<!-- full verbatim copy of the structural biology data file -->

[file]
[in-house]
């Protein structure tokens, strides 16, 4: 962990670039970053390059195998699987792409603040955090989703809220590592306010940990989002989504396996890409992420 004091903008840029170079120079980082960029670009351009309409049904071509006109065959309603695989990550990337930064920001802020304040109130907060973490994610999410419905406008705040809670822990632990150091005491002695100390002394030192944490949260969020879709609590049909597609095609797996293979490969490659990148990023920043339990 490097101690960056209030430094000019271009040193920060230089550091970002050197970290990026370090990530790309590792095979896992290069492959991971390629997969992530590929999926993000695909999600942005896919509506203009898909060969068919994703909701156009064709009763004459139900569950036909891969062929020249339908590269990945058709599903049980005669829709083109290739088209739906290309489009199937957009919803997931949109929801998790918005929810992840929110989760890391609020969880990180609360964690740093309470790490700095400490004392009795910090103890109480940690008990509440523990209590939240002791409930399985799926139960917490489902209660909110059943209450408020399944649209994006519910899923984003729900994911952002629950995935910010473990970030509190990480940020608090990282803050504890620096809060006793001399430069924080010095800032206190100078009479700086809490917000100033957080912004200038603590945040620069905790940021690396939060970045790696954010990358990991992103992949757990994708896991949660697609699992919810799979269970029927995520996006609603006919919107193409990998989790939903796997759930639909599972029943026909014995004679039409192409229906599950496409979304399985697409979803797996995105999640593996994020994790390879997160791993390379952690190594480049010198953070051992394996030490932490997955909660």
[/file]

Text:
[in-house]
């Protein structure tokens, strides 16, 4: 962990670039970053390059195998699987792409603040955090989703809220590592306010940990989002989504396996890409992420 004091903008840029170079120079980082960029670009351009309409049904071509006109065959309603695989990550990337930064920001802020304040109130907060973490994610999410419905406008705040809670822990632990150091005491002695100390002394030192944490949260969020879709609590049909597609095609797996293979490969490659990148990023920043339990 490097101690960056209030430094000019271009040193920060230089550091970002050197970290990026370090990530790309590792095979896992290069492959991971390629997969992530590929999926993000695909999600942005896919509506203009898909060969068919994703909701156009064709009763004459139900569950036909891969062929020249339908590269990945058709599903049980005669829709083109290739088209739906290309489009199937957009919803997931949109929801998790918005929810992840929110989760890391609020969880990180609360964690740093309470790490700095400490004392009795910090103890109480940690008990509440523990209590939240002791409930399985799926139960917490489902209660909110059943209450408020399944649209994006519910899923984003729900994911952002629950995935910010473990970030509190990480940020608090990282803050504890620096809060006793001399430069924080010095800032206190100078009479700086809490917000100033957080912004200038603590945040620069905790940021690396939060970045790696954010990358990991992103992949757990994708896991949660697609699992919810799979269970029927995520996006609603006919919107193409990998989790939903796997759930639909599972029943026909014995004679039409192409229906599950496409979304399985697409979803797996995105999640593996994020994790390879997160791993390379952690190594480049010198953070051992394996030490932490997955909660």